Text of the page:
Jim Goodall, head of education at Clackmannanshire council, said: “We expect teachers and headteachers to apply their professional skills and behave in a common sense manner. They have to be sensitive to the appropriate use of class time and the changing pattern of family life. We trust our staff to act sensibly and sensitively." A spokesman for South Ayrshire council said: “We are aware of the sensitivities of the issue and wouldn’t do anything that would make any child feel left out or unwanted in any way.” Edinburgh city council said the practice on Father’s Day cards was a matter for individual schools.
Age discrimination in the USA
Concerning the issue of age discrimination, the Supreme Court in Meacham v. Knolls said that the burden of proof resides on the employer. If a company lays off too many older people (meaning, incredibly, people older than 40), it is under the gun, and must show that factors other than age account for the disparate impact. Otherwise, the courts will rule in favor of the plaintiffs and the business will be forced to fork over, even to the point of bankruptcy.
The age-discrimination law in question is 40 years old and an embedded part of the machinery of social planning by the courts. This decision is yet another move toward government control, but the real problem is more fundamental. Step back and think what it means for the government to make and enforce such a law.
Labor relations are as complex as any human relations. There are many reasons why people choose to associate or not associate. How do you decide whom to invite to a birthday? What are the standards you use? There is a scarcity of space and food, so you must discriminate in some way. There is no choice about that.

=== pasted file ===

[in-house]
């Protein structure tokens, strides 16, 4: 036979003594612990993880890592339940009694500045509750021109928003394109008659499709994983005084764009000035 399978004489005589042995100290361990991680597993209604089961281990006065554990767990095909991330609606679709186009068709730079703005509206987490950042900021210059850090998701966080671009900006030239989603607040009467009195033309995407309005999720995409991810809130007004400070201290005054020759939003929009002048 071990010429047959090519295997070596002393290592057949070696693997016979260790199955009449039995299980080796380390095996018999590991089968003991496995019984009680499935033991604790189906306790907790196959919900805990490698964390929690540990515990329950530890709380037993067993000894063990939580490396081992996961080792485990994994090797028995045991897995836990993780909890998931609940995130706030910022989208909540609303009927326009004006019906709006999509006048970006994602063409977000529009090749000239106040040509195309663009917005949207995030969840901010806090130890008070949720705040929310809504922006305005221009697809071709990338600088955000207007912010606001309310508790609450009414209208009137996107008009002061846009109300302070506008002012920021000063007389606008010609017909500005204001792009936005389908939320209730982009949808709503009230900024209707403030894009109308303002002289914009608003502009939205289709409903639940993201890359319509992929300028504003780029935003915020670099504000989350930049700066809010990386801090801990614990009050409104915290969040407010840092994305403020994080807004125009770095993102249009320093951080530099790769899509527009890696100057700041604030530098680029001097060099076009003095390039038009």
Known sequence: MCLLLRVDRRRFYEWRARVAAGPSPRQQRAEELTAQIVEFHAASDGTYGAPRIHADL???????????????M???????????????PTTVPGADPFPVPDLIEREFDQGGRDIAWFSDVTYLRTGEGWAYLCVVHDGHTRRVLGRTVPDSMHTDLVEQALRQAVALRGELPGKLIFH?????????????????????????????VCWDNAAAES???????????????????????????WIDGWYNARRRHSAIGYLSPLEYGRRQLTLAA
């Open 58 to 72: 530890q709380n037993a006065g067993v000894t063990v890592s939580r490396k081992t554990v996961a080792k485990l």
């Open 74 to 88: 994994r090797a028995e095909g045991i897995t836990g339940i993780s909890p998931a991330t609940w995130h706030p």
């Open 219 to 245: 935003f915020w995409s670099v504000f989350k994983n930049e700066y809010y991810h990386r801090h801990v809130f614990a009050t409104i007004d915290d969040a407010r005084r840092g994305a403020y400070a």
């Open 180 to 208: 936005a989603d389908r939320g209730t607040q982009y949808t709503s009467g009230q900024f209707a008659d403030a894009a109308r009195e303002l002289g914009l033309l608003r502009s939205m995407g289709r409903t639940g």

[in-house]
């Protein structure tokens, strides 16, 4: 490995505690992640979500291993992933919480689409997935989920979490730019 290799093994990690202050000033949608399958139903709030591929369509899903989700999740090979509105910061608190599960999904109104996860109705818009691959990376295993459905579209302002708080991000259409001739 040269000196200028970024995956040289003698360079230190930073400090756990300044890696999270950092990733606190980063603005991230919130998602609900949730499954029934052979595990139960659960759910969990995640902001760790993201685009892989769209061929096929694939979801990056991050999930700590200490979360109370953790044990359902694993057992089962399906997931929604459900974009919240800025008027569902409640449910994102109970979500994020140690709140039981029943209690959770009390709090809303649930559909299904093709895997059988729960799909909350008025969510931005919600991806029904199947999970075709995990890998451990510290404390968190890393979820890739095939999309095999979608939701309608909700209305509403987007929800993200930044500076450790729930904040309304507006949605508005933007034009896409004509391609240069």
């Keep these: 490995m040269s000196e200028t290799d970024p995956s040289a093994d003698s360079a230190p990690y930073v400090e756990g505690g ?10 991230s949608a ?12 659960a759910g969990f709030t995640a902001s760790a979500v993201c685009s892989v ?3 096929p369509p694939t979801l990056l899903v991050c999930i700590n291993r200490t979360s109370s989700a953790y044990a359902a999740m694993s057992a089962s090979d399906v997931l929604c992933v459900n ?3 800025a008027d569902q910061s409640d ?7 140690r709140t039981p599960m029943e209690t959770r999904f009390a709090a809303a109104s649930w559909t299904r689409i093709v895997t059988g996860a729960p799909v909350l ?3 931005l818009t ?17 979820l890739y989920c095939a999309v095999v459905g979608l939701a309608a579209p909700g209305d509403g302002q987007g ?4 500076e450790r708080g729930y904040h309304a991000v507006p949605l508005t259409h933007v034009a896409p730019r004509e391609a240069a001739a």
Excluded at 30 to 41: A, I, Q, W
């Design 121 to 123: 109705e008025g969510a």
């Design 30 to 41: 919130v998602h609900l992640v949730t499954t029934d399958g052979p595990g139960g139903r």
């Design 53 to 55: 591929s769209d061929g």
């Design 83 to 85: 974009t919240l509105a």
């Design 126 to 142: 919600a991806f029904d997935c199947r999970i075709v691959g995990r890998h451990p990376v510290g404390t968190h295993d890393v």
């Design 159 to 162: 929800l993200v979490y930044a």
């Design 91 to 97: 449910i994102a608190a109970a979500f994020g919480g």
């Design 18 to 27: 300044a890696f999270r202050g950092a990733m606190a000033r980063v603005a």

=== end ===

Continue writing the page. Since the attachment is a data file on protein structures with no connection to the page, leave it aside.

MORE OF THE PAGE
Think of the last party you held. There are some people you did not invite simply because you can't stand those people, usually for many reasons. And there are some who just might not mix well with others. Some people you want to invite but cannot because you have to cut the list somewhere.
Now imagine that the government appoints a party planner who says that you can invite or not invite whomever you want, provided that one consideration is not part of the mix: you must not decline to invite someone on grounds of hair color. Now, it may never have occurred to you to think along these lines. But now you have to. You notice that you have no redheads attending the party, much to your alarm.
What if this fact is taken as evidence that you are discriminating? Will it? You can't know for sure. You think again: even if no redheads are coming, this is surely not the reason why you are not inviting them. There are other factors, too many factors to name. In any case, how can the state's party planner know for sure what your motivations are? Isn't it astounding that a government agency would presume to read your mind, know your heart, and discern your innermost emotions and motives? Truly it is totalitarian.
It is precisely the same in workplace management. There are an unending variety of factors that go into the makeup of the workforce of a single firm. How the mix turns out in the end is not something you can entirely plan. It might be dictated by any of a million factors depending on time and place.